I had to adjust my refrigerator shelves to accommodate the perpetual presence of the large plastic jar with the screw-top lid. When the six inches of vinegar is left with only a few random pieces of cabbage, carrot and red chili floating in it, I chop up another cabbage, shred another carrot, toss in the onion and oregano and refill my jar. It ferments for a few days on the kitchen counter, but then back it goes into the fridge - always ready for my next Salvadoran or near-Salvadoran cooking adventure. Cheese and refried beans in an omelet with a little salsita and curtido on the side. Eggs ranchero with beans a little curtido on the side. Yes, I also really love beans.
We recently had a family night and made pupusas and pasteles (semi-circle seasoned masa pies filled with chopped carrot, potato and meat). We definitely need to improve our technique, but we had a lot of fun trying to get our food to look and taste authentic.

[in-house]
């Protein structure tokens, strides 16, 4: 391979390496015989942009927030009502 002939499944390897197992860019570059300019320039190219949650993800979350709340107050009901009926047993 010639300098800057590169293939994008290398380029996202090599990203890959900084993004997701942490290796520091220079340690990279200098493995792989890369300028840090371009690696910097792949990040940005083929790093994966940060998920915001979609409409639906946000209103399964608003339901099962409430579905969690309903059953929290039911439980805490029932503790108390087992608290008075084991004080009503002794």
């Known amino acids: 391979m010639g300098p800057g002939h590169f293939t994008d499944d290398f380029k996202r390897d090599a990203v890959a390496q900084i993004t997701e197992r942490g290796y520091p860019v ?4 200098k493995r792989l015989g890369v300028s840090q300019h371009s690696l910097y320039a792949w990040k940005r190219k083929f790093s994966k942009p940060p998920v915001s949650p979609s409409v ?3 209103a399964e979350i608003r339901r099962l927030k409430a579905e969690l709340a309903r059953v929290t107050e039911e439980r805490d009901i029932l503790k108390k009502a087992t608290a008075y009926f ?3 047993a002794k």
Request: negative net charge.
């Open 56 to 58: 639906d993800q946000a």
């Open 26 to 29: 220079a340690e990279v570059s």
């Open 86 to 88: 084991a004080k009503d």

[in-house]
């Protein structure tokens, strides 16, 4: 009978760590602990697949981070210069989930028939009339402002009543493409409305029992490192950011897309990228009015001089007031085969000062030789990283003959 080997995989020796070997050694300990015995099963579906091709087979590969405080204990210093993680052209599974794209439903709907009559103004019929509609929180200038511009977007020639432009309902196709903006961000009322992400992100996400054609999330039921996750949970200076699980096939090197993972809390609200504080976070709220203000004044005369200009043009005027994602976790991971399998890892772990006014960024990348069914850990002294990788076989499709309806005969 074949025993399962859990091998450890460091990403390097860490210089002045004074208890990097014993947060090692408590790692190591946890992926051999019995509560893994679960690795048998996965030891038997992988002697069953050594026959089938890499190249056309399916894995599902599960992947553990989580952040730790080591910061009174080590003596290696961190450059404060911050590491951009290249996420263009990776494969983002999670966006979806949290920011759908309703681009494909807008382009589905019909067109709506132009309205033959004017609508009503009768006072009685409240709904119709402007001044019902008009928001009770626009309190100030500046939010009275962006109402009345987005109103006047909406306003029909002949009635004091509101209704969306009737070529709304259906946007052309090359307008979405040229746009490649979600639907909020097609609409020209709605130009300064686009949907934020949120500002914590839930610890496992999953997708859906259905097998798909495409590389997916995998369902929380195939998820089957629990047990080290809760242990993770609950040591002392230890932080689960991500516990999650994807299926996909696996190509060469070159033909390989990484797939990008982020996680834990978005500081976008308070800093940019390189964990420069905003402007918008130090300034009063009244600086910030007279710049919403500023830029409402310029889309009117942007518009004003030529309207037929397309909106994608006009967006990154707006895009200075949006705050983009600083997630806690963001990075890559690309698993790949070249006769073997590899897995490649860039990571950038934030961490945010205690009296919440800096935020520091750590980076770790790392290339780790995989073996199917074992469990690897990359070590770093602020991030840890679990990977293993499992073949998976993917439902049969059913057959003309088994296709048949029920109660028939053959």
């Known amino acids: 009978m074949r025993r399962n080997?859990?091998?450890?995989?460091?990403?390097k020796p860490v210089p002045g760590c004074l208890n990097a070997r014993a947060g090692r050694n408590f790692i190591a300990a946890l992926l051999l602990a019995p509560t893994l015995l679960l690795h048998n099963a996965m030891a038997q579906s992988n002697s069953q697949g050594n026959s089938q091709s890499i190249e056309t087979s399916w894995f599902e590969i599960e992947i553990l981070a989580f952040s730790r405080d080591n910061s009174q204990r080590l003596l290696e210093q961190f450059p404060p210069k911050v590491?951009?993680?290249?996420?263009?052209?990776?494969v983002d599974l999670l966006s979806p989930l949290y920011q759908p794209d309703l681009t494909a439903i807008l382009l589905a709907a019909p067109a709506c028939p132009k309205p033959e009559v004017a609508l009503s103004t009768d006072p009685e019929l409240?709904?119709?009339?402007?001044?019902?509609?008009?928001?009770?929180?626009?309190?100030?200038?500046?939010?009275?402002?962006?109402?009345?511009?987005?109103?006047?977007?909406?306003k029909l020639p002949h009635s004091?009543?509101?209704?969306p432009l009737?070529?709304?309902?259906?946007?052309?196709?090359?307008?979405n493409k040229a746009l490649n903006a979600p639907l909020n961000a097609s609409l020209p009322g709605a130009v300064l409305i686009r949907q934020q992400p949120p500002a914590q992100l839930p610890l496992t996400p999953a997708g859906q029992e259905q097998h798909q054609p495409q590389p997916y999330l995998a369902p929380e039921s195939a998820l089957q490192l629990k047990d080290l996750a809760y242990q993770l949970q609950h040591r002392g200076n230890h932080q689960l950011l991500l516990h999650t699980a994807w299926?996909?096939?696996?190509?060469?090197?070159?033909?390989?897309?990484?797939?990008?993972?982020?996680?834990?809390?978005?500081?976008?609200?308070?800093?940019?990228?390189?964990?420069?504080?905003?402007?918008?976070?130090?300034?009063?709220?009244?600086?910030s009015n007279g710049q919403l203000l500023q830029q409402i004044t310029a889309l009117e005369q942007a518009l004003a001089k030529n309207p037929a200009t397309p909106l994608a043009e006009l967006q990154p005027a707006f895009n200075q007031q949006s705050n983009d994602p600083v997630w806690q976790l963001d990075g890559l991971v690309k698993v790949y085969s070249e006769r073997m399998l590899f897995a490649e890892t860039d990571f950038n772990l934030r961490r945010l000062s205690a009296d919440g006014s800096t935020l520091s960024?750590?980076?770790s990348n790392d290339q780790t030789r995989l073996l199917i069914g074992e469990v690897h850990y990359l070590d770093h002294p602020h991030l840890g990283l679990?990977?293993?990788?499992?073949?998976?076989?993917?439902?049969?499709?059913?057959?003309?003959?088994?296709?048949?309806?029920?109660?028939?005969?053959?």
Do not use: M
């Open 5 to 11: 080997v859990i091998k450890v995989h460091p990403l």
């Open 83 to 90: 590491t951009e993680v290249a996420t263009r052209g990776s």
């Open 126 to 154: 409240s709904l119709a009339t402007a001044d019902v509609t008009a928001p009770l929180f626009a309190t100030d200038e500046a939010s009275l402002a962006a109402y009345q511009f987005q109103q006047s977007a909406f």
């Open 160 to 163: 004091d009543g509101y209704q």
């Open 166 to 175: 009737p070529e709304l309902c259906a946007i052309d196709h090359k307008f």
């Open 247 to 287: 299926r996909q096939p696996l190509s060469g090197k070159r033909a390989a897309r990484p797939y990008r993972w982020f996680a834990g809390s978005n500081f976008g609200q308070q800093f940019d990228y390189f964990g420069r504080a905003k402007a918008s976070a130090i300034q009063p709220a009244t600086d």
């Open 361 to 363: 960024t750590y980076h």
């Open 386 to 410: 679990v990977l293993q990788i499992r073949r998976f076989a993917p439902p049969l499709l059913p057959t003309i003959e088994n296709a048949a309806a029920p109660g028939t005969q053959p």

I was meandering through some photos from my last visit in El Salvador, and discovered that one third of the photos I took in San Salvador were of food. I can remember myself thinking, "Ooh, I should take a picture of this so I remember how to make it."
There is something very sensual about squeezing warm water into the dry masa (corn flour) with my fingers, about breathing in the scent of simmering beans for long hours as it permeates every corner of the house, about watching the bubbly egg coating becoming golden brown as rellenos sizzle in the pan and about tasting the tangy bit of curtido with each bite of melty cheese pupusa. Who knows what tomorrow's recipe might be. Whatever it is, I am ready with a little bit of curtido to serve on the side.
|Pasteles made by Alma in El Salvador|